Some of the solutions state lawmakers have proposed to address Colorado’s twin crises — affordable housing and behavioral health — include adding beds to the state hospital, integrating mental care and facilities, providing grants and loans to developers, and helping mobile home residents stay housed.
It’s all part of a bipartisan plan to channel hundreds of millions of federal COVID-19 relief dollars toward behavioral health and affordable housing.
Lawmakers plan to allocate $850 million that Congress sent to Colorado through the American Rescue Plan Act, passed last spring. State lawmakers held a press conference Wednesday to introduce four bills that would spend some of the money. A handful of other bills were introduced in the past week, and more are yet to come. The legislation is based on recommendations from two task forces that met last fall and completed most of their work by the start of the legislative session in January.
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“It’s been a very exciting afternoon,” said Rep. Dylan Roberts, an Avon Democrat who chaired the Affordable Housing Transformation Task Force, on Wednesday. “This comes after months and months of work through the task forces.”
Affordable Housing Grants for Nonprofits and Local Governments
Roberts and Mary Bradfield, a Republican from Colorado Springs, introduced a bill on Wednesday that would spend $178 million of federal money in grants to help nonprofits and local governments add affordable housing and to provide cash assistance to people who are struggling to pay their rent. The sponsors of the bill in the Senate are Senators Julie Gonzales and James Coleman, both Democrats from Denver.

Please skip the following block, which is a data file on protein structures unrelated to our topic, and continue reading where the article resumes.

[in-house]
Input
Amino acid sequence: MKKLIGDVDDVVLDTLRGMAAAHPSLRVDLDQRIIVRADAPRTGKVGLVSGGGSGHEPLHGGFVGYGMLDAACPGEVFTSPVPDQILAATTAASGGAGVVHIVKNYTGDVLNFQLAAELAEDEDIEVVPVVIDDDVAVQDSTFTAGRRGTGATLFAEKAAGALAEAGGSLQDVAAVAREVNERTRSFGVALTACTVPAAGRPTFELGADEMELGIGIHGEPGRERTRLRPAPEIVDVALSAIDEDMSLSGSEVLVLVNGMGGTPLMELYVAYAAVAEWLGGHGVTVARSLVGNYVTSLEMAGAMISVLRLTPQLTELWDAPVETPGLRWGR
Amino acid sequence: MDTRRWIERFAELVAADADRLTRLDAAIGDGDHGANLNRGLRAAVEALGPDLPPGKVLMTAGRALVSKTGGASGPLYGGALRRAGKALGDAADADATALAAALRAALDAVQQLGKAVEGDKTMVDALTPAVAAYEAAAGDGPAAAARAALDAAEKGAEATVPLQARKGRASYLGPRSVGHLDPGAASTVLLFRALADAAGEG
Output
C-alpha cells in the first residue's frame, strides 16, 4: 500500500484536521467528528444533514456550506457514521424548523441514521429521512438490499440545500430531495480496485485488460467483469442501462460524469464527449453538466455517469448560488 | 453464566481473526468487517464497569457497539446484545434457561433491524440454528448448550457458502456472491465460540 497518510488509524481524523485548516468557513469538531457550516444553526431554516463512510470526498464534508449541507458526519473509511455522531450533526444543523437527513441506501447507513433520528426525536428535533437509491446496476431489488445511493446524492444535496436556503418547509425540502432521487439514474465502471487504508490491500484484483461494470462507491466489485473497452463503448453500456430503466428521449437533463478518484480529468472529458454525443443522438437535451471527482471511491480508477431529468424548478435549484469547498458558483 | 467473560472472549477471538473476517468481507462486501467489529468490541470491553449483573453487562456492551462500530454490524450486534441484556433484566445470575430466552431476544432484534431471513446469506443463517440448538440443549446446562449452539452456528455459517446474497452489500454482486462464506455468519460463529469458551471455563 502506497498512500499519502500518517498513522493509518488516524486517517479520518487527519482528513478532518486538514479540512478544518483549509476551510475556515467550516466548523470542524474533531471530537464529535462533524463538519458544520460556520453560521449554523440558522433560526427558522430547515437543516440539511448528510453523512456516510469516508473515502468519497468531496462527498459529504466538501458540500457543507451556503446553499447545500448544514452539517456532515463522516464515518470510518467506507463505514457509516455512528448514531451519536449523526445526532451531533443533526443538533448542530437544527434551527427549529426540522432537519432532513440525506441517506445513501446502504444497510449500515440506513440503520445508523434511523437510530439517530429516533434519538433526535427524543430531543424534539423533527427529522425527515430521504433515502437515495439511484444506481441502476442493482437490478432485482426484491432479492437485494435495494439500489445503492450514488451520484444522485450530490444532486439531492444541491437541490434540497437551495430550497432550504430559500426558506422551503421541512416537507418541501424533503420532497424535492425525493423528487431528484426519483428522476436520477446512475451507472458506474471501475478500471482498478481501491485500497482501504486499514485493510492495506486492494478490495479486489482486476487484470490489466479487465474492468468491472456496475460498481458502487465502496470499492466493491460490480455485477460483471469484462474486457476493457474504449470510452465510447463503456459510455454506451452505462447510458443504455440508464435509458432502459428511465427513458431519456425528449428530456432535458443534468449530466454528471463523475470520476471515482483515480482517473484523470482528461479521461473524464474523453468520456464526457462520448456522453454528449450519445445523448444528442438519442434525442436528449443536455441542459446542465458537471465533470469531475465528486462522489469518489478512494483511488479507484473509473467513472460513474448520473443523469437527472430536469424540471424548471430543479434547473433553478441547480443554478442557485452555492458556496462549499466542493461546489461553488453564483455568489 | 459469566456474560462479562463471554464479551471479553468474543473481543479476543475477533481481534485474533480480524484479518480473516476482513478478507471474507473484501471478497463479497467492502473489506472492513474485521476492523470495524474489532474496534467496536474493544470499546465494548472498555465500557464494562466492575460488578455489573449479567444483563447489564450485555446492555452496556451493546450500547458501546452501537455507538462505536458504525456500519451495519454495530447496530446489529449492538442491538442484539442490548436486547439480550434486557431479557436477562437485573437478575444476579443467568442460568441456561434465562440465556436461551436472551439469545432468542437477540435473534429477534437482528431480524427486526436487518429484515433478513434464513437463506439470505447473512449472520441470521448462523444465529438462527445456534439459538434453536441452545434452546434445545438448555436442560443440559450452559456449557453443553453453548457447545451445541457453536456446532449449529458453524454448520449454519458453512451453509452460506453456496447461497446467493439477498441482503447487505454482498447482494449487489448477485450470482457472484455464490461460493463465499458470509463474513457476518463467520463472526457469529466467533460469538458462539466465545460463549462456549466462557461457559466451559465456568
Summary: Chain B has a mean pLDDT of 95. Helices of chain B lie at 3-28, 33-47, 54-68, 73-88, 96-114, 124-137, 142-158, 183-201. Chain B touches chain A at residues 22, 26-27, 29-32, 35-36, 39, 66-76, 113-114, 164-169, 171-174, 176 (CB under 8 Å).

“Our housing capacity is not keeping pace with our housing needs,” Coleman said at the press conference. The bill would “make critical investments to improve the work of nonprofits and local governments across the state,” which lawmakers recognize as knowing the unique needs of their communities, he added.
Helping mobile home residents
Sen. Nick Hinrichsen, a Pueblo Democrat, pointed to another housing bill. It would aim to protect mobile home residents who may be displaced when a development changes hands or when landlords increase the cost of renting the land where their properties are located. The bill would earmark $35 million for existing programs to help empower mobile home owners and allow them to purchase their communities, Hinrichsen said at the press conference.
Other sponsors of the bill are Gonzales and Representatives Andrew Boesenecker, a Democrat from Fort Collins, and Mandy Lindsay, a Democrat from Aurora.
Housing Development Revolving Loan Fund
Senators Jeff Bridges, a Democrat from Greenwood Village, and Rachel Zenzinger, a Democrat from Arvada, introduce a bill that would dedicate $150 million to revolving loan funds for affordable housing, with House sponsors, Representatives David Ortiz, a Democrat from Littleton, and Perry. Will, a Republican from New Castle. A fund would provide low-interest or “below-market” loans to developers of affordable housing, helping them build apartments or homes for sale in communities where the pandemic has had a significant impact on the housing market . Another fund would provide loans for the purchase of existing affordable apartments and houses, by entities seeking to keep these units affordable.